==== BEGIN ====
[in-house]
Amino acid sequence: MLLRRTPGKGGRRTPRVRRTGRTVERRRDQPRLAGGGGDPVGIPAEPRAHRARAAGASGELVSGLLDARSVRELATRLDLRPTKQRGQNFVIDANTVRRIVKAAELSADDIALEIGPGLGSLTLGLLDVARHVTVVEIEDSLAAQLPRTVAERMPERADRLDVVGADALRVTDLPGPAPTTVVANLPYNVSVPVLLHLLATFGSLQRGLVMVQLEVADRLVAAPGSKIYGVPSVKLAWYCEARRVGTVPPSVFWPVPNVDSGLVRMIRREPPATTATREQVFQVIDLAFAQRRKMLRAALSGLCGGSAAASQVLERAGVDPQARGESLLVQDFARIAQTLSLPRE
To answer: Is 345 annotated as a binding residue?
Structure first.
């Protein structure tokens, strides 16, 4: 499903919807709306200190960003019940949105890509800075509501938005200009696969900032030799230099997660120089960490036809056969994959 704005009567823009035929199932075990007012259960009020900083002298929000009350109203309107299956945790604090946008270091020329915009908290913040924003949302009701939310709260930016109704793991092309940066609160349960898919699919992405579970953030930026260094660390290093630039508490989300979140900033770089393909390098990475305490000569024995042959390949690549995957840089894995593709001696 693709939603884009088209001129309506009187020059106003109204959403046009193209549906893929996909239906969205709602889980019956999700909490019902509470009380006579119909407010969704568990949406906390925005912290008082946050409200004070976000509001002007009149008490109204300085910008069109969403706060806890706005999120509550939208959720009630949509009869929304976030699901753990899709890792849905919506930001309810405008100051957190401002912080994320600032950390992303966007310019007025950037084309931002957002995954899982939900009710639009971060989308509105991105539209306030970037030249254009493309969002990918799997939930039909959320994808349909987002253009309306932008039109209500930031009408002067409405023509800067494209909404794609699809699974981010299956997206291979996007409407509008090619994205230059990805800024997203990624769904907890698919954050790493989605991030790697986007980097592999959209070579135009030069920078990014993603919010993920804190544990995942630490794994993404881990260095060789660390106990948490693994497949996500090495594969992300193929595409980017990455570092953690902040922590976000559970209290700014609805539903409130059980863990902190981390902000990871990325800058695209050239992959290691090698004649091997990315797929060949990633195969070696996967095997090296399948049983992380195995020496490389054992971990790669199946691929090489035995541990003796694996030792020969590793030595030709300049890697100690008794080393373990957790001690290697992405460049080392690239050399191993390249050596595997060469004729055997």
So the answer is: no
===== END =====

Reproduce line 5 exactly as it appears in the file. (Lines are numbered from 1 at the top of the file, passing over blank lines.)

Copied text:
């Protein structure tokens, strides 16, 4: 499903919807709306200190960003019940949105890509800075509501938005200009696969900032030799230099997660120089960490036809056969994959 704005009567823009035929199932075990007012259960009020900083002298929000009350109203309107299956945790604090946008270091020329915009908290913040924003949302009701939310709260930016109704793991092309940066609160349960898919699919992405579970953030930026260094660390290093630039508490989300979140900033770089393909390098990475305490000569024995042959390949690549995957840089894995593709001696 693709939603884009088209001129309506009187020059106003109204959403046009193209549906893929996909239906969205709602889980019956999700909490019902509470009380006579119909407010969704568990949406906390925005912290008082946050409200004070976000509001002007009149008490109204300085910008069109969403706060806890706005999120509550939208959720009630949509009869929304976030699901753990899709890792849905919506930001309810405008100051957190401002912080994320600032950390992303966007310019007025950037084309931002957002995954899982939900009710639009971060989308509105991105539209306030970037030249254009493309969002990918799997939930039909959320994808349909987002253009309306932008039109209500930031009408002067409405023509800067494209909404794609699809699974981010299956997206291979996007409407509008090619994205230059990805800024997203990624769904907890698919954050790493989605991030790697986007980097592999959209070579135009030069920078990014993603919010993920804190544990995942630490794994993404881990260095060789660390106990948490693994497949996500090495594969992300193929595409980017990455570092953690902040922590976000559970209290700014609805539903409130059980863990902190981390902000990871990325800058695209050239992959290691090698004649091997990315797929060949990633195969070696996967095997090296399948049983992380195995020496490389054992971990790669199946691929090489035995541990003796694996030792020969590793030595030709300049890697100690008794080393373990957790001690290697992405460049080392690239050399191993390249050596595997060469004729055997």